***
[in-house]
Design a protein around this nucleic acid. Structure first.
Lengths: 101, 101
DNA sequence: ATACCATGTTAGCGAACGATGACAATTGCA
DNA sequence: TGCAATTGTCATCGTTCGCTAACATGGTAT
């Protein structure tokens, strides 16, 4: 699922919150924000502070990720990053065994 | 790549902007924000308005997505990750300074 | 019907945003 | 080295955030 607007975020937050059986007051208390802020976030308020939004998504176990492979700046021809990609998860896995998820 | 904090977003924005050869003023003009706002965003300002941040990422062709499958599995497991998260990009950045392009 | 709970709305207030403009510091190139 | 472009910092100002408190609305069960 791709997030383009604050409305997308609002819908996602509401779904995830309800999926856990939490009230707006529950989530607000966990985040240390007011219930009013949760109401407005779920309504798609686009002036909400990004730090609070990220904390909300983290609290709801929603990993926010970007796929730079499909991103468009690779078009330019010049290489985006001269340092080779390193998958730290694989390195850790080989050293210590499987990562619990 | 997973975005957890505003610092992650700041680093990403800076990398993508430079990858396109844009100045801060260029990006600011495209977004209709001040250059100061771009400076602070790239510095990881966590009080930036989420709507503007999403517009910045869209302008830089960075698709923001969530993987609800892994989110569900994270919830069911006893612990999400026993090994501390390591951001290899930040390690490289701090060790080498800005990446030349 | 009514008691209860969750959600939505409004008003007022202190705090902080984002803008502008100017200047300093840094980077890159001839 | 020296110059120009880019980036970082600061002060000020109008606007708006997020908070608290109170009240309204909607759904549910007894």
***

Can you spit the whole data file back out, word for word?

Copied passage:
[in-house]
Design a protein around this nucleic acid. Structure first.
Lengths: 101, 101
DNA sequence: ATACCATGTTAGCGAACGATGACAATTGCA
DNA sequence: TGCAATTGTCATCGTTCGCTAACATGGTAT
């Protein structure tokens, strides 16, 4: 699922919150924000502070990720990053065994 | 790549902007924000308005997505990750300074 | 019907945003 | 080295955030 607007975020937050059986007051208390802020976030308020939004998504176990492979700046021809990609998860896995998820 | 904090977003924005050869003023003009706002965003300002941040990422062709499958599995497991998260990009950045392009 | 709970709305207030403009510091190139 | 472009910092100002408190609305069960 791709997030383009604050409305997308609002819908996602509401779904995830309800999926856990939490009230707006529950989530607000966990985040240390007011219930009013949760109401407005779920309504798609686009002036909400990004730090609070990220904390909300983290609290709801929603990993926010970007796929730079499909991103468009690779078009330019010049290489985006001269340092080779390193998958730290694989390195850790080989050293210590499987990562619990 | 997973975005957890505003610092992650700041680093990403800076990398993508430079990858396109844009100045801060260029990006600011495209977004209709001040250059100061771009400076602070790239510095990881966590009080930036989420709507503007999403517009910045869209302008830089960075698709923001969530993987609800892994989110569900994270919830069911006893612990999400026993090994501390390591951001290899930040390690490289701090060790080498800005990446030349 | 009514008691209860969750959600939505409004008003007022202190705090902080984002803008502008100017200047300093840094980077890159001839 | 020296110059120009880019980036970082600061002060000020109008606007708006997020908070608290109170009240309204909607759904549910007894």